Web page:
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It's funny Crosby is considered square these days, because he's responsible for a lot of very hip, swingin' music. Plus, he had real acting chops.


Kim - great piece, thank you! Your thoughts on Bing Crosby being vaguely slighted over the years reminds me of one of my favorite quotes from Bing himself (and I paraphrase): "Frank Sinatra is a singer who comes once in a lifetime. But why did he have to come in mine?"


I wish your granny could see this article. She adored Bing Crosby. She thought he and Frank were the greatest singers ever!

M.A. Peel

Wow. It's always a surprise to run into another Bing Crosby fan--he is SO the forgotten man.


Bing and his good friend Louis Armstrong revolutionized American popular singing, making it more informal and intimate. Listen to most jazz singers of the 1920s; their style is so arch that Crosby was a breath of fresh air in the early '30s. His style was the musical of equivalent of what James Cagney and Clark Gable were doing on the big screen.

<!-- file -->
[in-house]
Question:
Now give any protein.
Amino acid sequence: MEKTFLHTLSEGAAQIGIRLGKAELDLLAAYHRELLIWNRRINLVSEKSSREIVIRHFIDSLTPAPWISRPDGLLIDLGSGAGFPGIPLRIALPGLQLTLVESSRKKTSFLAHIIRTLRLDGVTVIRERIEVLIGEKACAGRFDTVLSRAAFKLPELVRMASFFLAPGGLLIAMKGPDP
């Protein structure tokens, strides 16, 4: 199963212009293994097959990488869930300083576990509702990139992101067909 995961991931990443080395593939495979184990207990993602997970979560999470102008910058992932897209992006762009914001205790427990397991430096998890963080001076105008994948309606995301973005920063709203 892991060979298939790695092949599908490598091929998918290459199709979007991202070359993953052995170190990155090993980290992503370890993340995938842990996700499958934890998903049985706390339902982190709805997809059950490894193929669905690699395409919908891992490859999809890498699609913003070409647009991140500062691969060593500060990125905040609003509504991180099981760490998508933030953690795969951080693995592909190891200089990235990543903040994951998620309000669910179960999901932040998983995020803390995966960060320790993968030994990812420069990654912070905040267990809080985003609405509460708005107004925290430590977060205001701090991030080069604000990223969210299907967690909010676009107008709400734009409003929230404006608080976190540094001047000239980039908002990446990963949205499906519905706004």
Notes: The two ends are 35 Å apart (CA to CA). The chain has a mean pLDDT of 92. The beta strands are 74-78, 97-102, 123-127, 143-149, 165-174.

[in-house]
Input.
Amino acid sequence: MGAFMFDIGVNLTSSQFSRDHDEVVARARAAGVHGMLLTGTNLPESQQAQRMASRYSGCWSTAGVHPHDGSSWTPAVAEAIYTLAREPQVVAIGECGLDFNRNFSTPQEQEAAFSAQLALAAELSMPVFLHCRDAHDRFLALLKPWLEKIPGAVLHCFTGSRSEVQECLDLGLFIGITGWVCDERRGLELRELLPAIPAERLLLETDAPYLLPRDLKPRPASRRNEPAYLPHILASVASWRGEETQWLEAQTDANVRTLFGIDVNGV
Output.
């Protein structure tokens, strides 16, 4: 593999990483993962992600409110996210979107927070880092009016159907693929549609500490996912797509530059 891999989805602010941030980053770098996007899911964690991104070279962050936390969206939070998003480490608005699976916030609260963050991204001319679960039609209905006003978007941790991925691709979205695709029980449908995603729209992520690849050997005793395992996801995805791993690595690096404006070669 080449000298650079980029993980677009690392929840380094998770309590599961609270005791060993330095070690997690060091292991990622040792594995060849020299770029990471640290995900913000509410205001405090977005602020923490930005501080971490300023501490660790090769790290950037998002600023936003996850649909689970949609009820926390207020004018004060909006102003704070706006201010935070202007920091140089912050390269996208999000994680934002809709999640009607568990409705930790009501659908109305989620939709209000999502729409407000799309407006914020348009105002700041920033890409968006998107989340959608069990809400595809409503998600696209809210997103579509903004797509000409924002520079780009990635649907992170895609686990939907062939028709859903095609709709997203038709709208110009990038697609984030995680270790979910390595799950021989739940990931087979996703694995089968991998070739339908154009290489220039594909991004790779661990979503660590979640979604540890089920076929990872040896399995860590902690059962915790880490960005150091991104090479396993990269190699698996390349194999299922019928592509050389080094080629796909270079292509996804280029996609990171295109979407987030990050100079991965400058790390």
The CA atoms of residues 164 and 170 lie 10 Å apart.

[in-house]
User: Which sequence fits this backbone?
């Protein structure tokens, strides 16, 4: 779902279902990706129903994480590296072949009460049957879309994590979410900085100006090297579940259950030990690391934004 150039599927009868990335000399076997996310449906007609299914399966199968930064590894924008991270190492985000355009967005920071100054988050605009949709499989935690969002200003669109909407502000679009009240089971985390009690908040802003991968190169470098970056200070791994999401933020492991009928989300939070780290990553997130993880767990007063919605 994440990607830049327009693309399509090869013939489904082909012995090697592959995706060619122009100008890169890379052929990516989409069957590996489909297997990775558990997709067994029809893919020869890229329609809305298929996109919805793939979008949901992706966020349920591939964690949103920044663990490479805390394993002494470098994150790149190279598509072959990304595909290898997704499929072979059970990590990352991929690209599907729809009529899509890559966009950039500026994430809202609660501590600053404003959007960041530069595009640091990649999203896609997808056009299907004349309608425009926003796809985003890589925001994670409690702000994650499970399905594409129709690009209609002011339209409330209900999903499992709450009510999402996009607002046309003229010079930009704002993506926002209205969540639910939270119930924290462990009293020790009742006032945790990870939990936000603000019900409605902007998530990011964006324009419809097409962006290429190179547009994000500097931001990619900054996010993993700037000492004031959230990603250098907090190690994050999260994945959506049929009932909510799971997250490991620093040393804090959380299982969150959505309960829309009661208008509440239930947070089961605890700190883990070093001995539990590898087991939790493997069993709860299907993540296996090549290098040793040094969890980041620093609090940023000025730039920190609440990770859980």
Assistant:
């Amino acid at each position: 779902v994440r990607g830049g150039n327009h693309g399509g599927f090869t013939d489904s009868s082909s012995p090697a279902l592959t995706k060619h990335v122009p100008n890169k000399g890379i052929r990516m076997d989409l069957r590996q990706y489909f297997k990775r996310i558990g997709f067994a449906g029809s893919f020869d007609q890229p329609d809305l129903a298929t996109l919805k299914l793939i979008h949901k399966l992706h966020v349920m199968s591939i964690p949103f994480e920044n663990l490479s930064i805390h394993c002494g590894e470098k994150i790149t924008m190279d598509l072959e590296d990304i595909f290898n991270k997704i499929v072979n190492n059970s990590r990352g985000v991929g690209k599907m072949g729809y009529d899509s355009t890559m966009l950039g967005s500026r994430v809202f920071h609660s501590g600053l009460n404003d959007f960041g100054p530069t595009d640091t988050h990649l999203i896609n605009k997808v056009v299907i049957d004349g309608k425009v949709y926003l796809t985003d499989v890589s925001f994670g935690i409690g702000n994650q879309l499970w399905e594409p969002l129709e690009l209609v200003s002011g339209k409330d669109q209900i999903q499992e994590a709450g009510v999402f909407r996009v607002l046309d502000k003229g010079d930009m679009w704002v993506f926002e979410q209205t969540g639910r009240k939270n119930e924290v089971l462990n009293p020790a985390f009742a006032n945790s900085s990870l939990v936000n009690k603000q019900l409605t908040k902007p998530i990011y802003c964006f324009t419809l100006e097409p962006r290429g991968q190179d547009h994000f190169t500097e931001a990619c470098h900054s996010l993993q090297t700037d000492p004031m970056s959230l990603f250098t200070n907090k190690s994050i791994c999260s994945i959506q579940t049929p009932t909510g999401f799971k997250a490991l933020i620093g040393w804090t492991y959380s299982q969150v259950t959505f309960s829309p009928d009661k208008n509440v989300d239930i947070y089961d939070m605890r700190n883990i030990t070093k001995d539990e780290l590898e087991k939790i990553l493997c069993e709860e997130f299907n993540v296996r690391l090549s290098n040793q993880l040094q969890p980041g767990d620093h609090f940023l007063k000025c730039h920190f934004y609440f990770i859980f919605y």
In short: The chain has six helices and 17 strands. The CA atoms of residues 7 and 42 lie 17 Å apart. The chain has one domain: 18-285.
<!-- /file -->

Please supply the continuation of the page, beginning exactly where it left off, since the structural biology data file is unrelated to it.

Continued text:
And anyone who thinks Bing was a rather bland stylist based on his '40s hits should hear his early stuff -- he recorded with black artists such as the Mills Brothers (their version of "Dinah" is delightful) and Duke Ellington's orchestra (a solid version of "St. Louis Blues"). And Crosby cut the definitive version of "Brother, Can You Spare A Dime?" Seventy-five years later, with many of us facing a modern equivalent of Depression-era struggles, Bing still packs a punch.

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